Review: The Dragon Princess

The fairy tale retelling/reimagining genre is huge in novel world right now. I realize that most of my reviews cover books in this genre, but putting the word "princess" in the title or having a princess as a protagonist is still enough to compel me to read a book. When I wrote my last novella, The Stolen Jewel, I didn't want to make another adaptation because I wanted to tell my own original fairy tale. In the case of The Dragon Princess by Lichelle Slater (not to be confused with The Last Dragon Princess, which I also reviewed), I would say that the subtitle "Sleeping Beauty Reimagined" is a detriment. I've read other "Sleeping Beauty" adaptations that stray far from the original fairy tale, but here, it felt so forced that the story would have actually benefited from not including the reference at all. The Forgotten Kingdom series stands perfectly well on its own as an original princess fantasy series.


The Dragon Princess starts very slow and took a while to pique my interest. It tells the story of Princess Elisa, a girl who was cursed by a wicked faery to turn into a dragon by her 18th birthday. Elisa's parents take every precaution to prevent this ill fate, including covering her scales with gloves training her to conceal her feelings, and giving her sisters Dahlia and Marigold special treatment over her. If you think this sounds a lot like Frozen, you wouldn't be too far off, especially when it comes to the twist ending. The problem is that the story of a cursed princess being trapped in her castle by overprotective parents is something we've all seen hundreds of times. It took roughly two-thirds of the book before it had anything new to contribute to the concept. However, when this book gets good, it gets really good.

After her parents surprise her with an engagement to a too-good-to-be-true prince named Gerard who offers to help with her curse, Elisa suddenly decides to take the matter into her own hands. She journeys off to find a fae who can help her and discovers a faery boy named Dormir. That's where the "Sleeping Beauty" aspect comes into play. Dormir has an odd condition that causes him to fall asleep when he is stressed, and the only way to wake him is with a kiss. This happens to him more than once and never comes off as anything other than comical. Elisa's story would have been exactly the same whether Dormir had the condition or not. The "Sleeping Beauty" reference is clear enough without needing to caption the book "Sleeping Beauty Reimagined." In the end, it's really Elisa's story, not Dormir's.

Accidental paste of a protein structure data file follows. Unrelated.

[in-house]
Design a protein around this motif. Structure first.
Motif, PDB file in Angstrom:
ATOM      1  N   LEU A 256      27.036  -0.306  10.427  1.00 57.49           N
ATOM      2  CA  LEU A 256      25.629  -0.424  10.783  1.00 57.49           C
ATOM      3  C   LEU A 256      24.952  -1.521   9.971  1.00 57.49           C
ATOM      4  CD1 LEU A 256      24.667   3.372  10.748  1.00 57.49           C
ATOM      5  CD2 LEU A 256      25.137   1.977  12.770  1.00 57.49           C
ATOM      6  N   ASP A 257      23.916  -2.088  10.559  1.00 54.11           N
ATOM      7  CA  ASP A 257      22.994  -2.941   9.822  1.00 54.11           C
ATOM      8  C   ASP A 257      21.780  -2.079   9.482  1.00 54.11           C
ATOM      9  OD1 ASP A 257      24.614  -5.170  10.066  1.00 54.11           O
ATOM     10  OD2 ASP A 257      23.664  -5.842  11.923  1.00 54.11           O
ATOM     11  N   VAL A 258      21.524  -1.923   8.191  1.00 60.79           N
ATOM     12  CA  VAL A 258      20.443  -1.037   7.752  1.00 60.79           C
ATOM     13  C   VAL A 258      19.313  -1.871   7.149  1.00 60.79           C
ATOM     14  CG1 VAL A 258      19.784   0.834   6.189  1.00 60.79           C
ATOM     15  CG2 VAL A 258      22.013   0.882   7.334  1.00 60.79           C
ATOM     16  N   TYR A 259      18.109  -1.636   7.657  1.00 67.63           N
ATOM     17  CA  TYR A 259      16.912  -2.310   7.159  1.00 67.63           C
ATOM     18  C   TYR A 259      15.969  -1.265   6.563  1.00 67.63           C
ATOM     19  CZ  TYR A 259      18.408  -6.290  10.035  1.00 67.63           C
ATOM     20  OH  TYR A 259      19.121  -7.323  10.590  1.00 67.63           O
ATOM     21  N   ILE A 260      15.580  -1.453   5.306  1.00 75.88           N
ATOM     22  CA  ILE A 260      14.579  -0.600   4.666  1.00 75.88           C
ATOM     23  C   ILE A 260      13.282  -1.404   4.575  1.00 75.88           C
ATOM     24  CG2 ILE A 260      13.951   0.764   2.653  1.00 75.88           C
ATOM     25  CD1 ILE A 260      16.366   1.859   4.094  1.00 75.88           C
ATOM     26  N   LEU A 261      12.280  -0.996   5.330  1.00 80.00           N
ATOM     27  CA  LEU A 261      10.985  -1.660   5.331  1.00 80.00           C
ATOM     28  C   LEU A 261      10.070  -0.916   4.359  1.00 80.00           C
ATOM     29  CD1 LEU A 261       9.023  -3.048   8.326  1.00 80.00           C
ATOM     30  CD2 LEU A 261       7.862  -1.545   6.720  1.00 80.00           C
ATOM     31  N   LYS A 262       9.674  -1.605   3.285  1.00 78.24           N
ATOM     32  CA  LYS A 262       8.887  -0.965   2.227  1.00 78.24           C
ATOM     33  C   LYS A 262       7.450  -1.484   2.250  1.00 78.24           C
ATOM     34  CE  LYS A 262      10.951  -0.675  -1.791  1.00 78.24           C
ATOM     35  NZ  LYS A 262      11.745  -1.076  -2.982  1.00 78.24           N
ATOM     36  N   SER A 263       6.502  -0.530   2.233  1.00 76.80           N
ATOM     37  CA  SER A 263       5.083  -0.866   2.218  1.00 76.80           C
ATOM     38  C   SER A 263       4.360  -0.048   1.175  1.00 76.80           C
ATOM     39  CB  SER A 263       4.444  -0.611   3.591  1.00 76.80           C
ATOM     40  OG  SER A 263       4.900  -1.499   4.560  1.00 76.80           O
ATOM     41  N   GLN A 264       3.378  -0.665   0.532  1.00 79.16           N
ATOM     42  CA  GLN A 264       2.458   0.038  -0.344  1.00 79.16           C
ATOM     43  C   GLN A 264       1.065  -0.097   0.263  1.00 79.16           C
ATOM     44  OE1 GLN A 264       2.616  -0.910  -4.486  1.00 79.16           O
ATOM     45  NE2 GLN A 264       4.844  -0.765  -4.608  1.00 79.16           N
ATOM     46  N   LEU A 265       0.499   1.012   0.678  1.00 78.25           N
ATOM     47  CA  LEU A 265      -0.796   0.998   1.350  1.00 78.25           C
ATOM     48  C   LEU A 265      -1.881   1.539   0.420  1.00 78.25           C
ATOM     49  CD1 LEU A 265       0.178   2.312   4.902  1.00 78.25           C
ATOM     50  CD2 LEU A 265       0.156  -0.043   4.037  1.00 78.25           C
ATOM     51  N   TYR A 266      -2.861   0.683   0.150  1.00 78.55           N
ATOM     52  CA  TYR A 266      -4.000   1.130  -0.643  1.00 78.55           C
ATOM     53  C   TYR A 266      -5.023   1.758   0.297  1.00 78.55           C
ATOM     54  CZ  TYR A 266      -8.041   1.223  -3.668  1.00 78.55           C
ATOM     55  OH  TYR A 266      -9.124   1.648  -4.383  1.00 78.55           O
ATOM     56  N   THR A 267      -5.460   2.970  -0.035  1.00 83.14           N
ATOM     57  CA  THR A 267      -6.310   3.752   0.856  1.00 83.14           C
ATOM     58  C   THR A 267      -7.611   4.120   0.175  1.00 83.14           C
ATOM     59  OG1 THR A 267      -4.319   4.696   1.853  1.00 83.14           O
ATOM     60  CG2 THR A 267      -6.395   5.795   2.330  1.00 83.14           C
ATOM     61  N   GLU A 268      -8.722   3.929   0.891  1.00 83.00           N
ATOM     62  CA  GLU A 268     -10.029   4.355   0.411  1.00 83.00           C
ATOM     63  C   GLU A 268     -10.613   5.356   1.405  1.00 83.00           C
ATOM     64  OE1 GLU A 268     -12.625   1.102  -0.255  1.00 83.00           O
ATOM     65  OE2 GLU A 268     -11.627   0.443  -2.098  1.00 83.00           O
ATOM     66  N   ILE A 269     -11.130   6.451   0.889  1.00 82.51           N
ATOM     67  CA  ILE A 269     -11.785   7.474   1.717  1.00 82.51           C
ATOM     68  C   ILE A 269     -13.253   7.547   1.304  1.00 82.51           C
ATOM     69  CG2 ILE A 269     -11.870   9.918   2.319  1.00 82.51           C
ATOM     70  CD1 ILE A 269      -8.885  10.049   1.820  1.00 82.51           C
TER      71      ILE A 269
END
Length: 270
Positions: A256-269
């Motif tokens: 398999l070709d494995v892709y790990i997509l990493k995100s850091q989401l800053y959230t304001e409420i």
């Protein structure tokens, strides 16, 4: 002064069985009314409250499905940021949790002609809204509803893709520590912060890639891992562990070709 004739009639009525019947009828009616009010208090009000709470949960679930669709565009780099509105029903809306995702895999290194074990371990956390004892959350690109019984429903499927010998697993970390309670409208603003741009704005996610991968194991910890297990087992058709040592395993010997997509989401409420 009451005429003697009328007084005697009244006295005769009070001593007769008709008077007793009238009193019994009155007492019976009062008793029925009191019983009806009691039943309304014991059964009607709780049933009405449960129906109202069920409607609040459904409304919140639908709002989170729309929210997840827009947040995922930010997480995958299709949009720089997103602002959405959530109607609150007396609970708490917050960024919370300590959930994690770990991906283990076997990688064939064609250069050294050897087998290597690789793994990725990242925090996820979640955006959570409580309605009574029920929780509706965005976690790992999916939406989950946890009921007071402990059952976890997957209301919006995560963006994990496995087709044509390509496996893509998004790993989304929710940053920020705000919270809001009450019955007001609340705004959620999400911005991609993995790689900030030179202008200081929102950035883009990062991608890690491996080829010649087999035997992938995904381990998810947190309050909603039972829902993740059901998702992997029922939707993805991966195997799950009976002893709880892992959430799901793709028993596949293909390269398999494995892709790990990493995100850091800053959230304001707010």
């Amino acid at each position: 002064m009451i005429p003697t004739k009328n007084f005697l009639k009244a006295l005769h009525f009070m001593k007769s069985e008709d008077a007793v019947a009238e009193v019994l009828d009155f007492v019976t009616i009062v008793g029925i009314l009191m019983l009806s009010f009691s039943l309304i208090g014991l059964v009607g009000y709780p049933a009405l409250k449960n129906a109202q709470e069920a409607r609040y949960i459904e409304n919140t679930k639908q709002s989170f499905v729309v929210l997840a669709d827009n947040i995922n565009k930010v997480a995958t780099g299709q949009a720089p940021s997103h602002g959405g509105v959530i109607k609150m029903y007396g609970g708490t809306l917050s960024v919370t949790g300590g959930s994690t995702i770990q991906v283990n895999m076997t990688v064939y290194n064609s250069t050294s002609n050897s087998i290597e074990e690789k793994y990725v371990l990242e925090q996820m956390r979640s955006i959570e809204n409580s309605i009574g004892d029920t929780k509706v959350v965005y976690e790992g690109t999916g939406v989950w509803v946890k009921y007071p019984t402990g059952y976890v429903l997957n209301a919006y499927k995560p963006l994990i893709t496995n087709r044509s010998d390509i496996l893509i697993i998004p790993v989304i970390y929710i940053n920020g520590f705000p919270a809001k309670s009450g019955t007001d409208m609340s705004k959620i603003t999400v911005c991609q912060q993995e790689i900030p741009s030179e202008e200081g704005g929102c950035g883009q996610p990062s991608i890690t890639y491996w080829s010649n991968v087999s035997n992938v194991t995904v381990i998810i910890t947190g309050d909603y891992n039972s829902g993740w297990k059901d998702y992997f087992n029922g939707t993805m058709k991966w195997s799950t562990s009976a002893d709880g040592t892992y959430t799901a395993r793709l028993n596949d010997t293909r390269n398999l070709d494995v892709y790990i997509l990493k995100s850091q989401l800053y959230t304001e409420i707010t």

When Elisa finally does find the faery queen, the story rapidly sets into action. Elisa learns that she was lied to her entire life and that her curse is not what she thinks it is. She decides to embrace her true self, discovers a power she never knew she had, and sets out to save her family and her kingdom from a new threat. The last third of the book felt like another story entirely. The princess tropes ended, and the creativity of Lichelle Slater's imagination came to life. Suddenly, I was savoring every page and couldn't wait to see what was going to happen next. I wish the rest of the book had been this exciting. Like Elisa, it felt as though the beginning of the book was struggling to be something it wasn't.

Overall, The Dragon Princess is a compelling and enjoyable read if you can make it through the slow monotony of the first half. It would have been even better without the forced fairy tale references. I also wish Elisa had been a bit more consistent in her personality. The decision to stop being passive and rescue herself seemed to come out of nowhere. As soon as she went from a passive heroine to an active one, the book became a real page-turner. Since this is the first in a series, I would like to think that the next book will start just as compelling as this one ended, but I wish the series would stray from trying to use the fairy tale reimagining/retelling genre. Lichelle is incredibly talented at creating her own original characters and worlds and does not need to rely on older stories in order to build an audience.

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